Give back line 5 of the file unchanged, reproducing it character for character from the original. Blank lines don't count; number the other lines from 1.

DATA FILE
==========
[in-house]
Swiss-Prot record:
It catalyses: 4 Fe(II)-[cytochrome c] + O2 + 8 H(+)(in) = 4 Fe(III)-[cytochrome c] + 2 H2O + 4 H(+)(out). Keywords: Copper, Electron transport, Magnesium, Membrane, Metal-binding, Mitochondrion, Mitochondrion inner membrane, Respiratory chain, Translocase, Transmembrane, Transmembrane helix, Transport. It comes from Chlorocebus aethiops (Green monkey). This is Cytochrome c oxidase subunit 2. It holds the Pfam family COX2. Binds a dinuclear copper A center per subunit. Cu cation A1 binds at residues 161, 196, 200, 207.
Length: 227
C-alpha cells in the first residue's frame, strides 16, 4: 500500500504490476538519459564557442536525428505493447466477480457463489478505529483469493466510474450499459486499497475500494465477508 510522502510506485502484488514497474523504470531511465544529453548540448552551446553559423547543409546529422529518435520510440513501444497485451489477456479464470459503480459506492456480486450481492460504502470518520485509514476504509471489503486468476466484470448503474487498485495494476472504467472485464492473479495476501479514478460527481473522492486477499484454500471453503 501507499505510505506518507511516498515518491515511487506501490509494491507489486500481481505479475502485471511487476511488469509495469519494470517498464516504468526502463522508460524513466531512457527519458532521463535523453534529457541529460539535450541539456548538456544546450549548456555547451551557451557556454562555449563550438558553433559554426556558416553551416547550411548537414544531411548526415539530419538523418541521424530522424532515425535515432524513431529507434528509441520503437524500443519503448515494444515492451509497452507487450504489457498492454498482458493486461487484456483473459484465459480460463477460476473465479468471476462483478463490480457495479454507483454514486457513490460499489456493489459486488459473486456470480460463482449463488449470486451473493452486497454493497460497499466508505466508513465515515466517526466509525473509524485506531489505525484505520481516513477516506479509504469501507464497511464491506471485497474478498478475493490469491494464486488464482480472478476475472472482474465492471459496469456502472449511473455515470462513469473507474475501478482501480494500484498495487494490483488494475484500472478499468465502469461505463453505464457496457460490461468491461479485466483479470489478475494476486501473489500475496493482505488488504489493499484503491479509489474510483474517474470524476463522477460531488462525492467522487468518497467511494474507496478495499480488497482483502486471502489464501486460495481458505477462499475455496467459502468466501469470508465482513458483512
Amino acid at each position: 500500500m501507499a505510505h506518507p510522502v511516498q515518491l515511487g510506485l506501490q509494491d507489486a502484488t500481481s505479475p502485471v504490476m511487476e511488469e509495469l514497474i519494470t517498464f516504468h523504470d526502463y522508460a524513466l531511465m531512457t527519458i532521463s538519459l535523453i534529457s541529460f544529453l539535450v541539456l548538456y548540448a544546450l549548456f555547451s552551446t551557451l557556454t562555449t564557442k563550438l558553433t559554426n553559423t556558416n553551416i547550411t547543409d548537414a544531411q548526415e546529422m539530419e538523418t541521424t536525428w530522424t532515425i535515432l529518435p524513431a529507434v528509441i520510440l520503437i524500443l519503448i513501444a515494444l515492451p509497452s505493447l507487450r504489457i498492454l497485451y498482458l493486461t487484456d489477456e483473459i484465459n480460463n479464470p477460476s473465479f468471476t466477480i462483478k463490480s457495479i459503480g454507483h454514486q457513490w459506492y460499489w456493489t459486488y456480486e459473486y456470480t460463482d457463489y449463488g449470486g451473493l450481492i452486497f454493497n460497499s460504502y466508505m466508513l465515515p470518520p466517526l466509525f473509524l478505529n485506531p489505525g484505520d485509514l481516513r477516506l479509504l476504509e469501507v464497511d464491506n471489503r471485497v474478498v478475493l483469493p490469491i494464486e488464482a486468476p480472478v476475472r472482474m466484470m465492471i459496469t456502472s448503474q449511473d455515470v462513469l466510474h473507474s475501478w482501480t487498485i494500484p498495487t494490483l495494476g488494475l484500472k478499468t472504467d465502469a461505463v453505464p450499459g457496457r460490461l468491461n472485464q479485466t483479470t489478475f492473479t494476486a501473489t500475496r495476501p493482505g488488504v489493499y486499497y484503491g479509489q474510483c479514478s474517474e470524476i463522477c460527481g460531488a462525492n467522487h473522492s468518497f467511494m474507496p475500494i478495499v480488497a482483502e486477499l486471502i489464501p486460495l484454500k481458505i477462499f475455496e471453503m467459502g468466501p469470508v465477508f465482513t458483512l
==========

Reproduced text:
C-alpha cells in the first residue's frame, strides 16, 4: 500500500504490476538519459564557442536525428505493447466477480457463489478505529483469493466510474450499459486499497475500494465477508 510522502510506485502484488514497474523504470531511465544529453548540448552551446553559423547543409546529422529518435520510440513501444497485451489477456479464470459503480459506492456480486450481492460504502470518520485509514476504509471489503486468476466484470448503474487498485495494476472504467472485464492473479495476501479514478460527481473522492486477499484454500471453503 501507499505510505506518507511516498515518491515511487506501490509494491507489486500481481505479475502485471511487476511488469509495469519494470517498464516504468526502463522508460524513466531512457527519458532521463535523453534529457541529460539535450541539456548538456544546450549548456555547451551557451557556454562555449563550438558553433559554426556558416553551416547550411548537414544531411548526415539530419538523418541521424530522424532515425535515432524513431529507434528509441520503437524500443519503448515494444515492451509497452507487450504489457498492454498482458493486461487484456483473459484465459480460463477460476473465479468471476462483478463490480457495479454507483454514486457513490460499489456493489459486488459473486456470480460463482449463488449470486451473493452486497454493497460497499466508505466508513465515515466517526466509525473509524485506531489505525484505520481516513477516506479509504469501507464497511464491506471485497474478498478475493490469491494464486488464482480472478476475472472482474465492471459496469456502472449511473455515470462513469473507474475501478482501480494500484498495487494490483488494475484500472478499468465502469461505463453505464457496457460490461468491461479485466483479470489478475494476486501473489500475496493482505488488504489493499484503491479509489474510483474517474470524476463522477460531488462525492467522487468518497467511494474507496478495499480488497482483502486471502489464501486460495481458505477462499475455496467459502468466501469470508465482513458483512